Tuesday, January 03, 2017

Problematically Correct

A spiritualist vegan friend of mine did an unusual thing the other day; he went into bat for Donald Trump with the line: "If there is any reason to believe that Hillary or Obama are any less racist or sexist than Trump, I have never come across it." He did it on Facebook and there began the expected long threads of discussion, outrage, confusion, anger and stubbornness. I chose not to participate in that melee mainly because I've fallen into that muck before and it's not easy to get out. Last time I even dropped in a neutral comment into one of his "discussions" it was read as contrary. But this discussion itself bred a few interesting bones to chew on.

The vegan contended that Trump was merely being honest and that the slurs against him and those that voted for him were a "politically correct" response. He bemoaned the effect of this as stifling of debate, that immigration isn't a racial issue. There is an ounce of truth to this but I wanted to elaborate a non-partisan way of understanding political correctness in the pluralistic world.

Political correctness developed its current meaning in the 1990s and is used often in a pejorative way to indicate an excessive consideration to minority groups and to make everything safe, physically and psychologically, for all people. For conservative New Zealanders, it manifests itself in the entrenchment of the Treaty of Waitangi, Maori council seats, reactions to racial and racist comments, OSH, gay marriage, anti-smacking, and a host of other trends that make them groan. As they groaned though, so did others around the world at the acceptance of refugees, racial and gender quotas, white guilt, evolution and climate change. It all fell under that same label, "political correctness", even when much of it wasn't political; in fact, it was hard to really narrow down the definition of what was PC and what wasn't - it seemed an amorphous catch-all. Then with the rise of PC, whatever it was, the response against the encroachment of this phantom rose too. Just as people were shouted down for their non-PC opinions, so was heat directed to "the PC brigade".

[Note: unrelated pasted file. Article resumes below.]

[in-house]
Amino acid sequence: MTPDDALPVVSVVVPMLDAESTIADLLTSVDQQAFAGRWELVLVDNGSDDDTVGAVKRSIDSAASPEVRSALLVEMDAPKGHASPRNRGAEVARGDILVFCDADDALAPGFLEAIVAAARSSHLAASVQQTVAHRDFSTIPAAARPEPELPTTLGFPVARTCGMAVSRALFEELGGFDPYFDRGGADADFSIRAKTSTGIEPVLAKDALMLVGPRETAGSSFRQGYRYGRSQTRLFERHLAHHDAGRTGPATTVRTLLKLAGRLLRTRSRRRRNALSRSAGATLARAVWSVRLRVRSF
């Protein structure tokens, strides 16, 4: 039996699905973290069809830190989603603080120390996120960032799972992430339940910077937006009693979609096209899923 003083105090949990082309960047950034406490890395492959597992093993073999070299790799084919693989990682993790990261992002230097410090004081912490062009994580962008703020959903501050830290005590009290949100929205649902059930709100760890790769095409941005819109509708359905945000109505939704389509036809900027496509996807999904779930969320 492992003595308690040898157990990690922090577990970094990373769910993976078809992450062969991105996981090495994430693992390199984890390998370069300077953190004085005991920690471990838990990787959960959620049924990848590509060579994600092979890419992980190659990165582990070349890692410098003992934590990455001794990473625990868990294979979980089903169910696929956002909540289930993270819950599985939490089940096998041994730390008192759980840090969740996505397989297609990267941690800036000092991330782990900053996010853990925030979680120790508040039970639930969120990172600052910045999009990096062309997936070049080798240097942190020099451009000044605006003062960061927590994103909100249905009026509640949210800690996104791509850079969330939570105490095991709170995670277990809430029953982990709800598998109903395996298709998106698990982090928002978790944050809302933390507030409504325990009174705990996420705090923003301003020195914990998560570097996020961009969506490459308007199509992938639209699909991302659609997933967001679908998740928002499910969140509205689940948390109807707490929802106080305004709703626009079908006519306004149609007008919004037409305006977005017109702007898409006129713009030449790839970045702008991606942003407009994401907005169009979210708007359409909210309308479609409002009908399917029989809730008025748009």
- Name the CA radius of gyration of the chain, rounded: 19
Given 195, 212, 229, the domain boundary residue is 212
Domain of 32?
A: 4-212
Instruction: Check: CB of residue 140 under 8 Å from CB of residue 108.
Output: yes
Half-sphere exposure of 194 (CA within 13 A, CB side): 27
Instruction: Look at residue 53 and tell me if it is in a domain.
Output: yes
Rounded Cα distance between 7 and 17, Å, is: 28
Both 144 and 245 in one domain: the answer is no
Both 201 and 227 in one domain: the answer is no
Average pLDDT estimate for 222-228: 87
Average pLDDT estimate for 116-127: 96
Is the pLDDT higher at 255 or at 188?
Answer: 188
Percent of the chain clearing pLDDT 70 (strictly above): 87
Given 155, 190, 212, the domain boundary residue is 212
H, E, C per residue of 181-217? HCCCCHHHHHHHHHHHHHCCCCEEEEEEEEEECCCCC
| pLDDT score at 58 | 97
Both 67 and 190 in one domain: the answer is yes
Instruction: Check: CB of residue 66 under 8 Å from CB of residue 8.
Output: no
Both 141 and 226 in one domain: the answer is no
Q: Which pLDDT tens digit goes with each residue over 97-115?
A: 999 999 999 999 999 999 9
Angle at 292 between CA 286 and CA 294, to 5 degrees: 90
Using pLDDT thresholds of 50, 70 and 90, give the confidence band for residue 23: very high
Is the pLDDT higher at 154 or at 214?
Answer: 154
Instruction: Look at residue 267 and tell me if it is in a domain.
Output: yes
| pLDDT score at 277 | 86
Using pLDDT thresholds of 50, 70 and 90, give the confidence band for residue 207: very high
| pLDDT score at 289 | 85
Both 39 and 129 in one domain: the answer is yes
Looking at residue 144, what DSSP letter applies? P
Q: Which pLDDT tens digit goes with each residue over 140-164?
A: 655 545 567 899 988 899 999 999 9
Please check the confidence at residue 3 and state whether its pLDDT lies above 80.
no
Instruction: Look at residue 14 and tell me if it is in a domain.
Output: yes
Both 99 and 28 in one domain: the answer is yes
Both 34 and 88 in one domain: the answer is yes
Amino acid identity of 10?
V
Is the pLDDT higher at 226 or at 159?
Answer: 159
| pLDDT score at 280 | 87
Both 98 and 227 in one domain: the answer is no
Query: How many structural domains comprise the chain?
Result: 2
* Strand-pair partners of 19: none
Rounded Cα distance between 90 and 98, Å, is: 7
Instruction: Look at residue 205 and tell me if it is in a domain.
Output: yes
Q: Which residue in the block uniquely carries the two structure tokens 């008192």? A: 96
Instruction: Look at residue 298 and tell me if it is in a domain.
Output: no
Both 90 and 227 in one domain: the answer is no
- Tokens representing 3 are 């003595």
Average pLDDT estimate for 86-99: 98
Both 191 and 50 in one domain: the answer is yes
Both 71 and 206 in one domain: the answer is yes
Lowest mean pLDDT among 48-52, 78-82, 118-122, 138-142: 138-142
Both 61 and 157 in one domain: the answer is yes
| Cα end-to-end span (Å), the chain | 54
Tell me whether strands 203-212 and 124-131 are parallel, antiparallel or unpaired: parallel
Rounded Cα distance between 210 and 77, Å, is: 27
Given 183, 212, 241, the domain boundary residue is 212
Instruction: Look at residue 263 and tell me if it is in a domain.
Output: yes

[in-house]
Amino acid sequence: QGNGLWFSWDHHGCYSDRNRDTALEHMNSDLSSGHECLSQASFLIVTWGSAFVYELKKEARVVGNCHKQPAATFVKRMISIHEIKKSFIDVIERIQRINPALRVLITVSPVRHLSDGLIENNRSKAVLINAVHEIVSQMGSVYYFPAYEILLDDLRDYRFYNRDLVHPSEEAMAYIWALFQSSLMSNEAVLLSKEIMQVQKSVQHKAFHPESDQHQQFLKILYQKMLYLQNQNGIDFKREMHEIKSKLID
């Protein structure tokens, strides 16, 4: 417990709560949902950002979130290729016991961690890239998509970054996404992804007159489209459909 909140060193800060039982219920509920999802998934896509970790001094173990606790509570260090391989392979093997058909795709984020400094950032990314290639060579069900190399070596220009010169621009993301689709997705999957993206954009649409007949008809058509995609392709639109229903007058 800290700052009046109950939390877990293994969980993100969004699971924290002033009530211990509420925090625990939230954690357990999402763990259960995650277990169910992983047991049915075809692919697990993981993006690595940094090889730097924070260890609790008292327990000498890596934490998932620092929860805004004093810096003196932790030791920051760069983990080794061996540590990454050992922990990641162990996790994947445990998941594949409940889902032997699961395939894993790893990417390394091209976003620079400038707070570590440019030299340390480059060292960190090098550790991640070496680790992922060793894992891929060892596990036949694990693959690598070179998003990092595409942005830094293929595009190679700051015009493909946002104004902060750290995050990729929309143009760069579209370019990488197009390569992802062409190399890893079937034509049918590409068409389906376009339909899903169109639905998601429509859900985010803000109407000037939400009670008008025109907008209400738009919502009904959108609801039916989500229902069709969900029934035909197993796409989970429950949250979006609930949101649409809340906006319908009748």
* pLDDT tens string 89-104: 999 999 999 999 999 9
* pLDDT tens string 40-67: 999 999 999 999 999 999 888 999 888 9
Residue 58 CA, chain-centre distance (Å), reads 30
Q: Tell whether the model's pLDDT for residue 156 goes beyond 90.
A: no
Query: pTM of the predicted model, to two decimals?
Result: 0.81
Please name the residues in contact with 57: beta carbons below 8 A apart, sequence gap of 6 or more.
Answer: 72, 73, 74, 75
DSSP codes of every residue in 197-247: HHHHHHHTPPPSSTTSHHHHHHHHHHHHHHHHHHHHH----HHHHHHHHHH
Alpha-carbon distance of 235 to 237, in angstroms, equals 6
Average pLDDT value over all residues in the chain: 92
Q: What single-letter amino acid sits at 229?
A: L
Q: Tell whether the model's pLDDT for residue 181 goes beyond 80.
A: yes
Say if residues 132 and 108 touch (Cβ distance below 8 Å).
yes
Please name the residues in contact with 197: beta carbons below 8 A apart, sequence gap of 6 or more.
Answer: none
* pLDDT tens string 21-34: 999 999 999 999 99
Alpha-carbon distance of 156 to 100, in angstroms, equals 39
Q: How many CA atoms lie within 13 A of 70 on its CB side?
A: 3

The "PC brigade" must be up there with Luminati as a shadowy group of people that no-one knows but have power beyond all of our democratic institutions. Even if you ask those who decry the invasiveness of PC, if they name the people who are part of this movement in NZ, they're invariably people on the fringe, who by definition cannot hold much sway.

If you indulge me with a chance to hypothesise for a moment (and others may have said the same or disproven it while I've been occupied with life), I'd say political correctness is the response of the former mainstream to the general social changes since the "good old days". The good old days weren't particularly good: child abuse was hidden; sexual and domestic assaults weren't reported; workers died from a lack of safety; bars were full of second-hand smoke; black characters always perished first in the movies; gays were persecuted; sexist beliefs prevented female career progression; historical wrongs continued to ferment social and racial ill and disparities; and so on. And importantly, the mainstream socio-racial group was the power, the standard and the bedrock of values. She'll be right.